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Proceedings Paper

The spectrograph units for the HARMONI integral field spectrograph
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Paper Abstract

The spectrograph sub-system is responsible for dispersing the light from the slicer with the required spectral resolving power and imaging the spectra on to a detector. Each image slicer creates a single exit slit feeding a single spectrograph unit containing visible (VIS) and infrared (IR) cameras. The four HARMONI slicers in total create four exit slits, feeding four spectrograph units comprising of collimators, dispersers, and cameras. The focal plane of each camera contains a mosaic of two 4Kx4K detectors, leading to 8K pixels along the length of the slit. The HARMONI wavelength range (0.43 μm to 2.45 μm) splits into a visible and a near-infrared wavelength range with a transition wavelength at 0.8 μm. The optical design of HARMONI up to the dispersers is fully reflective and therefore the pre-optics and IFU subsystems, as well the spectrograph collimator, can be used for both the visible and near-infrared wavelength range. Only the dispersers and the spectrograph cameras are different for the visible and near infrared spectral ranges. To not duplicate sub-systems unnecessarily the wavelength split in the spectrograph is realised by inserting a dichroic in the collimated beam before the disperser to either direct the light towards the visible disperser and camera, or let it pass toward the near-infrared disperser and camera. In contrast to the Phase A study all of HARMONI spectrograph unit will have both visible and near infrared disperser and cameras.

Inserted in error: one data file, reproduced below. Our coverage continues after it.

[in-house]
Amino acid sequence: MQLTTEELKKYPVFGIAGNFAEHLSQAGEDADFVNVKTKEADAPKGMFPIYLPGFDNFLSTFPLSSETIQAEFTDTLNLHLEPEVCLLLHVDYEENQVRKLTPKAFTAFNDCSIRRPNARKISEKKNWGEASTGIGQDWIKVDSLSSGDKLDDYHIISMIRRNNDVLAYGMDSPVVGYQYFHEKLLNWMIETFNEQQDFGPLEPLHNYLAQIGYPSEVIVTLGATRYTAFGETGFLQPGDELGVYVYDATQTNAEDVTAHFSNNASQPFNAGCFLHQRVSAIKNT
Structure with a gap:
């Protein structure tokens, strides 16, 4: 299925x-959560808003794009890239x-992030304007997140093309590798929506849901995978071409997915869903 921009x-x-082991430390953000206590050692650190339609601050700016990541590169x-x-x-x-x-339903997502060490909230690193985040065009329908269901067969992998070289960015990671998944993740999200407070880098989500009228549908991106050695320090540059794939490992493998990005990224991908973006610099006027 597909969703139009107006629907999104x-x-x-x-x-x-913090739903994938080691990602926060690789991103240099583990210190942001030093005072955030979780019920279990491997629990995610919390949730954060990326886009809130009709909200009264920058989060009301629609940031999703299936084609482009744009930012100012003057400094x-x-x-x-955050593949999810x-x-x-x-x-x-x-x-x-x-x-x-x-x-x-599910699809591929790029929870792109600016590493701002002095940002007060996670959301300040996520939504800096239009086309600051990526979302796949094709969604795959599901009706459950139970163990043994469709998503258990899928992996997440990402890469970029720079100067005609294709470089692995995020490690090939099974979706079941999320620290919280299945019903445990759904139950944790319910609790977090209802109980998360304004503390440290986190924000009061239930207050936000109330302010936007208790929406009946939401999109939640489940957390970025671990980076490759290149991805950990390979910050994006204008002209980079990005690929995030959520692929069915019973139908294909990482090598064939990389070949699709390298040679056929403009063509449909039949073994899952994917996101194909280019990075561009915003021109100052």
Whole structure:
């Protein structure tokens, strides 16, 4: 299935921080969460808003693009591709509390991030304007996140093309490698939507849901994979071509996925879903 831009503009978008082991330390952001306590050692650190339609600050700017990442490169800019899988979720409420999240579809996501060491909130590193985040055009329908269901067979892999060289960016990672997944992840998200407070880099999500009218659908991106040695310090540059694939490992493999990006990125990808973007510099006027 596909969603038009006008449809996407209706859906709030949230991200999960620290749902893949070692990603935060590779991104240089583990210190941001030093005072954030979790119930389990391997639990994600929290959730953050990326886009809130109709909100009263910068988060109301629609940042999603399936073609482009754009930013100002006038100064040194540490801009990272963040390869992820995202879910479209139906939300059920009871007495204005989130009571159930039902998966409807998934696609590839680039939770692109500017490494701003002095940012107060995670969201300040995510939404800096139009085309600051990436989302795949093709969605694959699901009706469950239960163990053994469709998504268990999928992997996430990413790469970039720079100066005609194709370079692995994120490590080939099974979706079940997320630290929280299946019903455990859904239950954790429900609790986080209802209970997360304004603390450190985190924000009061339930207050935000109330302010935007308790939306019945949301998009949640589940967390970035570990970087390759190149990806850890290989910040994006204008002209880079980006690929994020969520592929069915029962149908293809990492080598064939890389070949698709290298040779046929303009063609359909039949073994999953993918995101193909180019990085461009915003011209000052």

Paper Details

Date Published: 28 July 2014
PDF: 8 pages
Proc. SPIE 9147, Ground-based and Airborne Instrumentation for Astronomy V, 914797 (28 July 2014); doi: 10.1117/12.2055870
Show Author Affiliations
Kieran O'Brien, Univ. of Oxford (United Kingdom)
Jamie R. Allen, Univ. of Oxford (United Kingdom)
James D. Lynn, Univ. of Oxford (United Kingdom)
Niranjan A. Thatte, Univ. of Oxford (United Kingdom)
Ian Bryson, UK Astronomy Technology Ctr. (United Kingdom)
Fraser Clarke, Univ. of Oxford (United Kingdom)
Hermine Schnetler, UK Astronomy Technology Ctr. (United Kingdom)
Matthias Tecza, Univ. of Oxford (United Kingdom)

Published in SPIE Proceedings Vol. 9147:
Ground-based and Airborne Instrumentation for Astronomy V
Suzanne K. Ramsay; Ian S. McLean; Hideki Takami, Editor(s)

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